• See and be seen. Whether daytime, dawn, dusk, foul weather, or at night, you need to be seen by others. Always wear neon, fluorescent, or other bright colors when riding day or night. Also wear something that reflects light, such as reflective tape or markings, or flashing lights.
     
  • When possible avoid riding at night. It is far more dangerous to ride at night than during the day.
     
  • If you have to ride at night, make sure you have reflectors on the front and rear of your bicycle, in addition to reflectors on your tyres.

Comments (54)

Please log in to enable comment sorting

6:40pm Sun 13 Jan 13

yorkshirelad says...

This is well meant and is clearly good advice.

However having adequate lights and being very visible is not the whole story on children's cycle safety.

With proper lights, being properly visible, riding safely and with due courtesy to other road users my children are regularly put in danger by vehicle drivers breaking the speed limit, using mobile phones and driving without due care for their safety.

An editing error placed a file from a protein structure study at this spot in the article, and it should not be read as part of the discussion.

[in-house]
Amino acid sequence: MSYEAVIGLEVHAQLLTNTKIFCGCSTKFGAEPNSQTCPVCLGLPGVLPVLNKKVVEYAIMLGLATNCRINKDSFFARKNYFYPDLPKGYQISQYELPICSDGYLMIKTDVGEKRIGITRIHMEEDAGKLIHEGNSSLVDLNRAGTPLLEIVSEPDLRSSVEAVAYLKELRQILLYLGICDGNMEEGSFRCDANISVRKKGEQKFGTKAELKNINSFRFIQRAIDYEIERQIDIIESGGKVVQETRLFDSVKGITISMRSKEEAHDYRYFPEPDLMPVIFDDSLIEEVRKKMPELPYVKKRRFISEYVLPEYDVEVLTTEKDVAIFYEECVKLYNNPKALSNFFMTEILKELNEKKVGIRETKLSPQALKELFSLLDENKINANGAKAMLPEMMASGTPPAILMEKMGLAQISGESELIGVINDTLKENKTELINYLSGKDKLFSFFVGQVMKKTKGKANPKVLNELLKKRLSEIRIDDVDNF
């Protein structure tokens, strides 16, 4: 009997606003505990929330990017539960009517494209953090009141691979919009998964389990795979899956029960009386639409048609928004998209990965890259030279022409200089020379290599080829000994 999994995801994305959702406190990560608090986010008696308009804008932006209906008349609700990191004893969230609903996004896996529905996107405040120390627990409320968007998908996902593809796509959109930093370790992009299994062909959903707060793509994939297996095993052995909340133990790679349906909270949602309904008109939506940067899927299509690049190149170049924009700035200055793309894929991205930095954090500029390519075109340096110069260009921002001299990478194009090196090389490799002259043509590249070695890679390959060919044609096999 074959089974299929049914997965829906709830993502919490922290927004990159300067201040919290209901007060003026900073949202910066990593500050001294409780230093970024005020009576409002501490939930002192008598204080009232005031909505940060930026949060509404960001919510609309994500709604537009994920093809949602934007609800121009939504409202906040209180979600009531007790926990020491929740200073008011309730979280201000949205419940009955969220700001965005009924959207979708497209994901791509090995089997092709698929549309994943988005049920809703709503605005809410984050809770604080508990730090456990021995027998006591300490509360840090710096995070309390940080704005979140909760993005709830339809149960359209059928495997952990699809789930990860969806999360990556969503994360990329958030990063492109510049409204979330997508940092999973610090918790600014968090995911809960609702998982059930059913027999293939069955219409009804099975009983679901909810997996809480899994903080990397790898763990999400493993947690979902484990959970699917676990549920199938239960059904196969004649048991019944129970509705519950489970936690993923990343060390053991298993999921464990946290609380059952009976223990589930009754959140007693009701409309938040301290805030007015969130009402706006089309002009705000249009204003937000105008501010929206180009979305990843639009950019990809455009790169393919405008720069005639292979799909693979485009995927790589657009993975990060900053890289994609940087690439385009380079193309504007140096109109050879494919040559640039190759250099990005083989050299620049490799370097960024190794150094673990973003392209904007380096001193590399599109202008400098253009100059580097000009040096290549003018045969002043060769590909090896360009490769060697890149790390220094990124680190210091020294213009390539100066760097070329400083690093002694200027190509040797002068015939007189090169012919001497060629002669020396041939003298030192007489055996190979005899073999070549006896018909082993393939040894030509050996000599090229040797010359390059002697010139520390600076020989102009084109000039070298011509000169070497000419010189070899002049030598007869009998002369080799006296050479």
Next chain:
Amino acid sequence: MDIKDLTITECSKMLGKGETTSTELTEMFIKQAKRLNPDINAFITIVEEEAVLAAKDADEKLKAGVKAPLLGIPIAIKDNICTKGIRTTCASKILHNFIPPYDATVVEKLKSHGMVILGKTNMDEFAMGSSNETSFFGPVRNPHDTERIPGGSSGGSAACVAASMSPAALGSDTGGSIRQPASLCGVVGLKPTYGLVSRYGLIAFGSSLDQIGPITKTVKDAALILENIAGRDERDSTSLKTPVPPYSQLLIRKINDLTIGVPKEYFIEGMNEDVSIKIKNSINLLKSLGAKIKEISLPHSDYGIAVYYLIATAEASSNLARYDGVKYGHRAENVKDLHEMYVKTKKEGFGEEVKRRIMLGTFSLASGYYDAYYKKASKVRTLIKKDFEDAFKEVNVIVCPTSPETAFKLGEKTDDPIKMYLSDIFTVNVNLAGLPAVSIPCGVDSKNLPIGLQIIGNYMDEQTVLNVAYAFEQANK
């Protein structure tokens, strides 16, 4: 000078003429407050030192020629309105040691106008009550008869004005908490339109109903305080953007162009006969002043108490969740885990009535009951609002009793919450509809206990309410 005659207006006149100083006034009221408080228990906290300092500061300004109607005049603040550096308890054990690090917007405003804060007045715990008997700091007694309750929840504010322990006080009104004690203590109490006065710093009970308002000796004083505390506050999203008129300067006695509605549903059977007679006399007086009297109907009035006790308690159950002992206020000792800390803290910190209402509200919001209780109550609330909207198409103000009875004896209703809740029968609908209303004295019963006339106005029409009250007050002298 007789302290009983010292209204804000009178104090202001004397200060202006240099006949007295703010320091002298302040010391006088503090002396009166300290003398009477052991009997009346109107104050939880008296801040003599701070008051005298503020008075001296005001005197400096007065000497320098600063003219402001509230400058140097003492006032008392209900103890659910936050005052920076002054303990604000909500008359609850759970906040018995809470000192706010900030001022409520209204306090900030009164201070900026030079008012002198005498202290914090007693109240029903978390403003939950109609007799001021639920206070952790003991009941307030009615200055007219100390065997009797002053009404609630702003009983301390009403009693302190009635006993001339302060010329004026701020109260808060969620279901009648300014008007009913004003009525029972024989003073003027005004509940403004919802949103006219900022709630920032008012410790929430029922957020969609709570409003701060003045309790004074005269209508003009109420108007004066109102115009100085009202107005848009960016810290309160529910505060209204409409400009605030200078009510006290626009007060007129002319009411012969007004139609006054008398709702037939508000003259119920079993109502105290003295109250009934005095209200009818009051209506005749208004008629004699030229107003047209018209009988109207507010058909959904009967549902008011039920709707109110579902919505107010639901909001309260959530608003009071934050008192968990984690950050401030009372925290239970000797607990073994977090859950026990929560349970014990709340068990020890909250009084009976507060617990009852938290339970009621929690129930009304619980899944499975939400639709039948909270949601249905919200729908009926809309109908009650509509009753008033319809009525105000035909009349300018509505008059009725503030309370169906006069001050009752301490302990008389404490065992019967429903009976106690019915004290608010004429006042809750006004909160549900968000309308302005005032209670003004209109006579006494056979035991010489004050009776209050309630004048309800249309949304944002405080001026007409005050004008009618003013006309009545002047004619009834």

A good example is Advance Stop Lines at traffic lights...designed to put cyclists in the most visible position at junctions where most cycling accidents occur. It's illegal for vehicles to cross their stop line at red and enter the cycle box. This is a clear safety measure, clearly illegally abused by a hard core of motorists. Have you ever heard of a driver being fined for this?

Speed is another issue and you don't have to look far to see drivers driving criminally too fast putting children, cyclists and pedestrians at risk.

Of course children (and their parents) need to be responsible but whether or not a child does so does not remove the responsibility of adult motorists to drive carefully with their safety in mind.

A reminder to child cyclists of their responsibilities and to drivers of theirs would have been a more balanced point to make here.